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PinkTractor

Horse's Leg...again.

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She does not stay out at night. She wont. She throws a fit. She is outside from roughly 730-dark. Honestly, she'd hurt herself if out at night from the fit she throws. 19 years of the same routine, ya know?

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Right, but which is worse, throwing a fit, or swelling up? At least during a fit, she's working that leg and exercising it? Do you have a round pen or something safe to put her in? Or can she get in and out of a run in shed with a paddock?

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If it's going down, you must be doing what it needs. Just keep the bedding fresh so she can get off it if she wants to.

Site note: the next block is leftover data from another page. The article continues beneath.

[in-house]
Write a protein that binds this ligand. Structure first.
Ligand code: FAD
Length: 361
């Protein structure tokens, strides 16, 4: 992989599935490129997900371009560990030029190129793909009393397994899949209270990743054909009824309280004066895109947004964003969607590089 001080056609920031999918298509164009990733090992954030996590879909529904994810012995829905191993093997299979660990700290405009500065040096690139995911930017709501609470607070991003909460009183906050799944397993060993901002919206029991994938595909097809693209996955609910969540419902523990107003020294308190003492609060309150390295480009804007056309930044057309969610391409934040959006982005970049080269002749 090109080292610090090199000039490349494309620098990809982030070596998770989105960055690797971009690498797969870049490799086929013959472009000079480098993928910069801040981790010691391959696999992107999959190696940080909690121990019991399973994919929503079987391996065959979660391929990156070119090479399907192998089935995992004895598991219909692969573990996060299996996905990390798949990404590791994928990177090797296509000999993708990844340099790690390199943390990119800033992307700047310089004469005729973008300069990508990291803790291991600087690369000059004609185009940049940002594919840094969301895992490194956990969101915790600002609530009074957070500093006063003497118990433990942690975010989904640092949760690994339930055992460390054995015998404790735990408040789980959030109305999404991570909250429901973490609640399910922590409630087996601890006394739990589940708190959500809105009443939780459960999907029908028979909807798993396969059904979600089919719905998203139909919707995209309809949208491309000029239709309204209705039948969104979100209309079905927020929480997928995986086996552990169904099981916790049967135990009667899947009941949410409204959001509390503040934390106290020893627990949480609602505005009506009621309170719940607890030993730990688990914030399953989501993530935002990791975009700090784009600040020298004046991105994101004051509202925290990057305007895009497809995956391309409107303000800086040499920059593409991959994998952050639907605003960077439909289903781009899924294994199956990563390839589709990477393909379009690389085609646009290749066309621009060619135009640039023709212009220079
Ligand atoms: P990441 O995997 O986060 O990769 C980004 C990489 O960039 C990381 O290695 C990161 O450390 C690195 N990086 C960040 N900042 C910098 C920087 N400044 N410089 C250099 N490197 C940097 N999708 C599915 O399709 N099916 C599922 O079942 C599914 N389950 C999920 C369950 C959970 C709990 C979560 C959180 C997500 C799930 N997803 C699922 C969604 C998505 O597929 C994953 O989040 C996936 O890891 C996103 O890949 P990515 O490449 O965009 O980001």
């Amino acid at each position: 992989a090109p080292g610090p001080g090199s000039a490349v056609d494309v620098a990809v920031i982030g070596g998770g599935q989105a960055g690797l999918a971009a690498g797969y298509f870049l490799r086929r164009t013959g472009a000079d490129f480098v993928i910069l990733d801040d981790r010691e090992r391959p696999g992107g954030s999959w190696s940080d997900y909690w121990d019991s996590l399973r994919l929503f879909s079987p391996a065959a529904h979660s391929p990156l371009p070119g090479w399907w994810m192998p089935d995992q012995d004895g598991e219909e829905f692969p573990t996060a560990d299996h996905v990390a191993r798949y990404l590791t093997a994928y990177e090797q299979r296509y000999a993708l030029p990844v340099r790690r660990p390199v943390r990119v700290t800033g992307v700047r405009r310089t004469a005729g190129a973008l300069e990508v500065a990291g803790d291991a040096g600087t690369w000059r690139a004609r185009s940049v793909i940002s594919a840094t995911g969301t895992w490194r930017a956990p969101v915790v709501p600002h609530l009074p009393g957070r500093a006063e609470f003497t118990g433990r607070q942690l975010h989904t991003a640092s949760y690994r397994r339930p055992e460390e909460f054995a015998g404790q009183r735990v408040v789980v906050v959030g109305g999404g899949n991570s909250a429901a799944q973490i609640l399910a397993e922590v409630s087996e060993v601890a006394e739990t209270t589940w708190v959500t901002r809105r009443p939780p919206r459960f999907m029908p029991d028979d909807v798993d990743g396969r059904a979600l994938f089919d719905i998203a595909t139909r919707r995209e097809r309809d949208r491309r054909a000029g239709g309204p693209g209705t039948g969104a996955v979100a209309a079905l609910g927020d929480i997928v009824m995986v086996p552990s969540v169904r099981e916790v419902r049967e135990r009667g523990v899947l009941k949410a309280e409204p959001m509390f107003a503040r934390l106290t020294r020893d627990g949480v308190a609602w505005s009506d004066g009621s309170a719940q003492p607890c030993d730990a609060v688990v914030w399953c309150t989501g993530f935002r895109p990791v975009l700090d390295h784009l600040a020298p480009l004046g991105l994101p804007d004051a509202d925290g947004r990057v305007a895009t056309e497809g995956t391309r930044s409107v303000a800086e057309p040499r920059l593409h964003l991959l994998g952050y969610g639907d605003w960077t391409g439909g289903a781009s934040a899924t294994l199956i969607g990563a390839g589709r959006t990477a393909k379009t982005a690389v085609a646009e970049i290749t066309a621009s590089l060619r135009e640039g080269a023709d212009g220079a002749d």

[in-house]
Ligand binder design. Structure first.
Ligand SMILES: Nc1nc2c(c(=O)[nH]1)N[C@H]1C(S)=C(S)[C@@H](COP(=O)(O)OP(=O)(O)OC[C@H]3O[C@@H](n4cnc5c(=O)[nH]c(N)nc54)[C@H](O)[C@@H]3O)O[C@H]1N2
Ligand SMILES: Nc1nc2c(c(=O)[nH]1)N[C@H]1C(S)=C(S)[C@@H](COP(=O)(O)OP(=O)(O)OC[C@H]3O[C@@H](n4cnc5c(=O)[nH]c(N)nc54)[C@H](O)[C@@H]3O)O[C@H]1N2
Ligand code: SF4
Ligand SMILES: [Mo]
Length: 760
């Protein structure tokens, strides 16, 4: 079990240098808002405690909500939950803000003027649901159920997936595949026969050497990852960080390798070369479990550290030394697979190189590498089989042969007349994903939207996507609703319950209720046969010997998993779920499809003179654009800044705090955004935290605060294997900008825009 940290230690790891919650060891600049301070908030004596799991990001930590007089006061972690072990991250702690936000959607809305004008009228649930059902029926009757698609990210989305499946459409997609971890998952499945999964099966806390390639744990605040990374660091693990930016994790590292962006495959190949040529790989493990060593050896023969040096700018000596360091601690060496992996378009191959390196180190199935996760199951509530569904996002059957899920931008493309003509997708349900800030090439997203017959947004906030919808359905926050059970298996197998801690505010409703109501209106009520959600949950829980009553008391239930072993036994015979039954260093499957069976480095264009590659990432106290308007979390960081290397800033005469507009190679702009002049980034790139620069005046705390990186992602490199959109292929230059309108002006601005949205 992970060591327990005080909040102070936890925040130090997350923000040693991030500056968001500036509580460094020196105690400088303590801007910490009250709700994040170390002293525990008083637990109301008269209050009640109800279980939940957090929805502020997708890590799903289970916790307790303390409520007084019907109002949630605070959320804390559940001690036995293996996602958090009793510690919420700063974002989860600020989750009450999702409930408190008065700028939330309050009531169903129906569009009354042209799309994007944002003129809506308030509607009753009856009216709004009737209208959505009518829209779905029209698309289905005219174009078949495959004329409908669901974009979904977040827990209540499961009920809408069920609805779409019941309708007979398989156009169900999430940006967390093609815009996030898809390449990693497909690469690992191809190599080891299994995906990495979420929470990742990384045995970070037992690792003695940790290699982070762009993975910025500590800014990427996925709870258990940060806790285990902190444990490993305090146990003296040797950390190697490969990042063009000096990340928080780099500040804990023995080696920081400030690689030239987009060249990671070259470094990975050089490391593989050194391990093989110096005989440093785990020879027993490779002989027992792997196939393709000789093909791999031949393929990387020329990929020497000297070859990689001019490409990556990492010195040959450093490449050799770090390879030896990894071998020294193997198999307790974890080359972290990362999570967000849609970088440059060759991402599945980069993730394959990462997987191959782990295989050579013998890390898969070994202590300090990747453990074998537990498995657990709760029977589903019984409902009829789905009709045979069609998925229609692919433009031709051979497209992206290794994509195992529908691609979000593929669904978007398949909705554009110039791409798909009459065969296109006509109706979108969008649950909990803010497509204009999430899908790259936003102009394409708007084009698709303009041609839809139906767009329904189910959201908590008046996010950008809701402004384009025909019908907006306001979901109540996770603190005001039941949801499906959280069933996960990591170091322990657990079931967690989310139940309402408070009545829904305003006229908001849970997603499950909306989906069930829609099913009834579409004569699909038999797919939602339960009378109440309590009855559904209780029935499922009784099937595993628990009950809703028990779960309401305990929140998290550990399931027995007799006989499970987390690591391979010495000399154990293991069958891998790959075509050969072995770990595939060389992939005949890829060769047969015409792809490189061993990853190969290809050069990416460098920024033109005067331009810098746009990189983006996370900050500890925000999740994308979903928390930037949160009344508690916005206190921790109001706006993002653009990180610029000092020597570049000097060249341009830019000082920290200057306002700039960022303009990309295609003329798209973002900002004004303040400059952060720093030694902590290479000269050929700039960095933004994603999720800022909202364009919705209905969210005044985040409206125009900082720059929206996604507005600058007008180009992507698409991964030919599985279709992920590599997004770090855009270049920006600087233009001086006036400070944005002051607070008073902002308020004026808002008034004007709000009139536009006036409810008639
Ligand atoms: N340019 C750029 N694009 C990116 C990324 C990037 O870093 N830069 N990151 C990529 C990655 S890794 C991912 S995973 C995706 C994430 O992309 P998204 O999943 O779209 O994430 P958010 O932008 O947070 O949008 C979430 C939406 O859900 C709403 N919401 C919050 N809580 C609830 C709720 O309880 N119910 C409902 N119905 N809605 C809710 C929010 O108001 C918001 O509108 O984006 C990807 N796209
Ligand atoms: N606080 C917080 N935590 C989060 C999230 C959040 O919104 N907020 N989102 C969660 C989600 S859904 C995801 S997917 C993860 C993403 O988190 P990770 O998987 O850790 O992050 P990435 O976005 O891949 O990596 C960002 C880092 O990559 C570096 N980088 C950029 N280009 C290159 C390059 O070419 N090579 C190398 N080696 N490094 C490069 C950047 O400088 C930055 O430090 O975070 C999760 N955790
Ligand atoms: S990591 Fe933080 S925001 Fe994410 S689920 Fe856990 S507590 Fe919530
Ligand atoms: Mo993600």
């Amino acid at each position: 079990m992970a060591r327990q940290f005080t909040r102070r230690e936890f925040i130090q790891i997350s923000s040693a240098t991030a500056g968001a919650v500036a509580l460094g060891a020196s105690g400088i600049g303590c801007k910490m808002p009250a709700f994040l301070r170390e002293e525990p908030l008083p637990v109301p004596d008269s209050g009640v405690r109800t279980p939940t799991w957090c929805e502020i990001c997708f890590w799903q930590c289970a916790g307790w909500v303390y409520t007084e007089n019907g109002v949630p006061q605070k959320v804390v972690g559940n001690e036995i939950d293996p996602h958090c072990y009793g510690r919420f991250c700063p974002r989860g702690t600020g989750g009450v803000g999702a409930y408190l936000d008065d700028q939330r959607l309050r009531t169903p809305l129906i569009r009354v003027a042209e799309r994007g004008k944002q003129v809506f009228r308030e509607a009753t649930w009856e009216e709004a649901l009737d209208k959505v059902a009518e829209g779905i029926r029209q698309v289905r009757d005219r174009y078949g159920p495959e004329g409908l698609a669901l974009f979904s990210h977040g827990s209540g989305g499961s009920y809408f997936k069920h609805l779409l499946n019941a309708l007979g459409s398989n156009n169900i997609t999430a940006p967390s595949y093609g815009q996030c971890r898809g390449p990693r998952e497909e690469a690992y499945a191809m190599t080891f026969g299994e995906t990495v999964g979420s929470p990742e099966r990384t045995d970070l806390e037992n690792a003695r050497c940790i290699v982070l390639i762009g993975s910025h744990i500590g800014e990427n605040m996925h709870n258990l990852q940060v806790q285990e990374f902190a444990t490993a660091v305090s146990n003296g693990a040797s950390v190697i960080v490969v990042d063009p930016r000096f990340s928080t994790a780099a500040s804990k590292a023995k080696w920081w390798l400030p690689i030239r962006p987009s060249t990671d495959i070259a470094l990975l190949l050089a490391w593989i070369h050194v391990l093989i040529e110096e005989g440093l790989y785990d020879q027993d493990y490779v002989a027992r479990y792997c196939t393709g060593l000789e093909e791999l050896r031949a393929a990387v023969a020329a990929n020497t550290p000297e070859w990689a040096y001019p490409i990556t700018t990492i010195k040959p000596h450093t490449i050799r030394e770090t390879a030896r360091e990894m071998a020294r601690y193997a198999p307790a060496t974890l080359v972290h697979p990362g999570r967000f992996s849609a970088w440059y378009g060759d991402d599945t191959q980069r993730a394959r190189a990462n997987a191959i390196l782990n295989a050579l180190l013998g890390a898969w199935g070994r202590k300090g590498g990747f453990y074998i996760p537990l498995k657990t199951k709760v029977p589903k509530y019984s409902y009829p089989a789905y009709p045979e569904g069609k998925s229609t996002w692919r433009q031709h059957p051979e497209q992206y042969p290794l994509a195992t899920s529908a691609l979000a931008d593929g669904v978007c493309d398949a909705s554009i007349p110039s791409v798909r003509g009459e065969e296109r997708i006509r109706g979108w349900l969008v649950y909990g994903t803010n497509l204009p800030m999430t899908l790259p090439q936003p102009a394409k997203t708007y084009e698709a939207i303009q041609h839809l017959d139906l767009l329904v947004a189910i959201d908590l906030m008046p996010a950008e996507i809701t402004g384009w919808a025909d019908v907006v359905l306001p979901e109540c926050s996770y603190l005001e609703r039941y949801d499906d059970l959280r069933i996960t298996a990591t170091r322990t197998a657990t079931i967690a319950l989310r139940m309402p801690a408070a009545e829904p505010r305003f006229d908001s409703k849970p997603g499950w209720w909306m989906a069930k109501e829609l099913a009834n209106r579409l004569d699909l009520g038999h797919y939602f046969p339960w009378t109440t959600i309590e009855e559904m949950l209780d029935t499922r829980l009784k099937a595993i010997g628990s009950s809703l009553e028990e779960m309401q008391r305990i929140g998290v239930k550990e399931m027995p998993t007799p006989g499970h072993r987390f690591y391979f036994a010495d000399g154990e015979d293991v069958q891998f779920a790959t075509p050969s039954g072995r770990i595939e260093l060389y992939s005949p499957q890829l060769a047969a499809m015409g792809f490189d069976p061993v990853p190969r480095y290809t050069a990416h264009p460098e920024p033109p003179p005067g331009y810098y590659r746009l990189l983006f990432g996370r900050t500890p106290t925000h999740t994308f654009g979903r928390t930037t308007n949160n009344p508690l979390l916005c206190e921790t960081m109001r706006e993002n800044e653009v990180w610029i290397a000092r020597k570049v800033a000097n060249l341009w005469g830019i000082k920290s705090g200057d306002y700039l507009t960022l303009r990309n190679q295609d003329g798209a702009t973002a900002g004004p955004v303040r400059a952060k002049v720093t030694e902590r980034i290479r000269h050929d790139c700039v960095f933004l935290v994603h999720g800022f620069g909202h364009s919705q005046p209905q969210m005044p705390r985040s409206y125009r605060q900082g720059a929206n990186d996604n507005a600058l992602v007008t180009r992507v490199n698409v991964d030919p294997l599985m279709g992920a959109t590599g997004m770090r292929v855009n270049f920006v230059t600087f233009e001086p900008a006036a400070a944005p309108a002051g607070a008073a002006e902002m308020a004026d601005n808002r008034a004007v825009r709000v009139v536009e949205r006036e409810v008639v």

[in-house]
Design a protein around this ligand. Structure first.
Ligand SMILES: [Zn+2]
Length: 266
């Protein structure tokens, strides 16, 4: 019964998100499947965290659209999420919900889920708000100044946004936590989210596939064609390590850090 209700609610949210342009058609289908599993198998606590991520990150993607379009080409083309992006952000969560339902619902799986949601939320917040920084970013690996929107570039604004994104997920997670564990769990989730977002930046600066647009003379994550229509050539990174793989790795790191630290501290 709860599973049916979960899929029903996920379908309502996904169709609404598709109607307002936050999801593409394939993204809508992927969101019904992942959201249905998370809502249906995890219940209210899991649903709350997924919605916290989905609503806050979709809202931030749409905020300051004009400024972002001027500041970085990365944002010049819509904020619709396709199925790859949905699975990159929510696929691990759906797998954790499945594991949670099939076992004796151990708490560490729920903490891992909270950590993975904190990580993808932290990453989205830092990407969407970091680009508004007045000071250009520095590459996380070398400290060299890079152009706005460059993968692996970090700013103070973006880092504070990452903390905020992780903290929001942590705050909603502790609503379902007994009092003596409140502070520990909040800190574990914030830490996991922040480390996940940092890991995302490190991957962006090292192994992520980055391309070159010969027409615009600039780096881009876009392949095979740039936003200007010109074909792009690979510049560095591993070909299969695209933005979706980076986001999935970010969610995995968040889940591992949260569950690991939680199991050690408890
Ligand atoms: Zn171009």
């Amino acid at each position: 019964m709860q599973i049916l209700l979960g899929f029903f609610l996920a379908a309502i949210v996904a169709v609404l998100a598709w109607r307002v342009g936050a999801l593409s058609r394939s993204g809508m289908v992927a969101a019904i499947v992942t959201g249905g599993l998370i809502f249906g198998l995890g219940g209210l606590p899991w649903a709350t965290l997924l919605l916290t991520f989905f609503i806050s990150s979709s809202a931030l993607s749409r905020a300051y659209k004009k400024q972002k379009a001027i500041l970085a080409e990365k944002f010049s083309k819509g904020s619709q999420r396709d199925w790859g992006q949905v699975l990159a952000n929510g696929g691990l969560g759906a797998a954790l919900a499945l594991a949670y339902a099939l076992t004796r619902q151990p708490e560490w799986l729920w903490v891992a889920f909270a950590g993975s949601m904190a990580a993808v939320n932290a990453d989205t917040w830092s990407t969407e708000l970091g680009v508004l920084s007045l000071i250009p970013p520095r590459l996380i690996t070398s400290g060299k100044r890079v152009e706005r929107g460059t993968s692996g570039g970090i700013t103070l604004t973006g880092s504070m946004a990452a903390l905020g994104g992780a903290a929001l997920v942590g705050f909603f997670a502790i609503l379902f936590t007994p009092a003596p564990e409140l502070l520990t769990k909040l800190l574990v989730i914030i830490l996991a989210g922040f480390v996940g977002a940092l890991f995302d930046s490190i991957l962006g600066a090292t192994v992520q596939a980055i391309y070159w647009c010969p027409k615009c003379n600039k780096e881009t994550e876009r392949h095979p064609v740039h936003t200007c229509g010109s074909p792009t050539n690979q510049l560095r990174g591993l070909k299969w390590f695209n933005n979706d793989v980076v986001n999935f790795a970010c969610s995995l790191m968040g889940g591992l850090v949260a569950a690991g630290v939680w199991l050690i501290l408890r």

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Redneck, not trying to argue, but I feel I am doing what is best in my situation. None of my horses have EVER stayed out 24/7. They're all used to getting put away for the night. I do not have facilities for them to be out 24 hours. I also have had enough problems with neighbors (previous posts from last year) that I wouldn't even trust having them out in the dark.

Jubal, thank you. I feel were gaining on it. I gave her Bute yesterday and today which seemed to help her, too. We will get through it.

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Back to her "normal". Hasn't been turned out as often as it's been near 90 for a week (too hot and no shade) - and she seems to be doing much better. Thanks for asking!

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Whew!  I'm glad she's doing better.  Does your turnout attach to your barn or do you have to walk them back/forth?